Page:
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Why we should and why we don't - Scarlet Letters

Aug. 25th, 2010 11:48 pm Why we should and why we don't

It bothers me that we Brits are becoming more and more monolingual, almost without a second thought. Not only have we long failed to teach languages in school – my French teacher had clearly modelled her pronunciation of la belle langue on John Major – we've given up even trying beyond a token three years, and are now seeing the knock-on effects as universities close language departments.

Why might this be? The whole world speaks English? Nothing is forever, and that's certainly not the point. I can just run it through Google? Don't make me laugh. Or is it, perhaps, that we don't really like leaving our comfort zones?

Confession time. I'm a language teacher. I always tell my students to have a go and not worry about getting it wrong. But deep down I understand how they feel, because I hate hate hate to look less clever than I am.

However. Something I believe to be true: learning another language is a profoundly humbling, yet hugely enriching experience, because it involves questioning every facet of your understanding of the world, and redefining who you are in response to a different set of wisdoms.

At 21 I had some right to feel pretty smug, a bright lass fresh from swanning around Oxford's dreaming spires. Crash! Japan took me right back to zero. With time and a lot of hard graft I became a gurgling two-year-old, then learned to toddle, falling over less and less, then after a year the floodgates opened and I could hold a conversation. But then came the polishing: learning what to say, what not to, when, how. Wrestling with social levels, distance, seniority. Trying to act my age, to express myself fully, persuasively, to truly own my words.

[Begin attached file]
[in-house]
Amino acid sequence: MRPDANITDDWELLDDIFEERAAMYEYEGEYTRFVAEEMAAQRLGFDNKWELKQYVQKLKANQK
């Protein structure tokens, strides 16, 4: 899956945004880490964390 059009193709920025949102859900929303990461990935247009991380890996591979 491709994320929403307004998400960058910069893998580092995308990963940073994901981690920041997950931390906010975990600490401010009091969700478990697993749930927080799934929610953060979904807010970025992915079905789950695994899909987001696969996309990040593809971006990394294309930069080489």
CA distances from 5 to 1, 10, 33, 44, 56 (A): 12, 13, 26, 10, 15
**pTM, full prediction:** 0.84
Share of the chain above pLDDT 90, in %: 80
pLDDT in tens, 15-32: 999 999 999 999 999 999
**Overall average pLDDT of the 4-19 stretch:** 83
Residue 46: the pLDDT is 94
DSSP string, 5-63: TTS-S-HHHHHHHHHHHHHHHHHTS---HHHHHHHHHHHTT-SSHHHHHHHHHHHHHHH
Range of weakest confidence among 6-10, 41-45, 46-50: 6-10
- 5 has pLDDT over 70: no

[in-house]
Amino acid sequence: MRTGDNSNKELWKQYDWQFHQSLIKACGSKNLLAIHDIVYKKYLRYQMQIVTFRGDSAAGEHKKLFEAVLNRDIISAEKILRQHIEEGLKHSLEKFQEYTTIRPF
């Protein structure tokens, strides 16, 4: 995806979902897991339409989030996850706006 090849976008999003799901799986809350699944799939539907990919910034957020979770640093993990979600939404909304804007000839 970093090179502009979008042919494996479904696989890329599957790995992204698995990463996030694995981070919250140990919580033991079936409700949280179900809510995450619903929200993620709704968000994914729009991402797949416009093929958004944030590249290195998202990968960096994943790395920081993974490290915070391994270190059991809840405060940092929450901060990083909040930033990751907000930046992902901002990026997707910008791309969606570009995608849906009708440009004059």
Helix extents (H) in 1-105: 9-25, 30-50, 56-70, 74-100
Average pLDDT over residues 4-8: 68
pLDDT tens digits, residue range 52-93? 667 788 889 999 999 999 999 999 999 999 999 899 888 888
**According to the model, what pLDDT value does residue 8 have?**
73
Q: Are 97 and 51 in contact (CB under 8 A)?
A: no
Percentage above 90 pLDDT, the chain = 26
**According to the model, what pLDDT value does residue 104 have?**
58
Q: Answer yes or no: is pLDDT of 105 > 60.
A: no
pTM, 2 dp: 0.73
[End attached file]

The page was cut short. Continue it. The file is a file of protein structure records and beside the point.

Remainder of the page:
I became someone else for a while, in that process. I cut-and-pasted so much that I lost my voice somewhat. When I tried to put it all back together, though, I felt that there was more of me, more insights and ideas, more perspectives, more understanding of the drives and desires of human beings.

Isn't that something we should be teaching our children?


A different language is a different vision of life.  ~Federico Fellini

Current Location: Malaysia, Alor Star
Current Mood: angrypeeved

2 comments - Leave a commentPrevious Entry Share Next Entry

Comments:

From:(Anonymous)
Date:August 25th, 2010 09:42 pm (UTC)

aka Dad

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Two random thoughts:

1. When my sister studied English at university - OK, last century - she had to study Anglo-Saxon. This, as a current TV series is teaching me, is a lyrical, lilting language, the loss of which should be regretted. Needless to say, undergrads don't study it today.
2. I can now translate English into Welsh - sometimes a requirement at work - through Google Translate. No idea how good it is - though some colleagues are using it to translate entire documents - but it 'looks' OK. De-skilling, dumbing down, whatever you want to call it, but it is hardly enriching.
From:toxygenie
Date:September 3rd, 2010 02:06 pm (UTC)
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well penned! I'm inspired to do more russian )))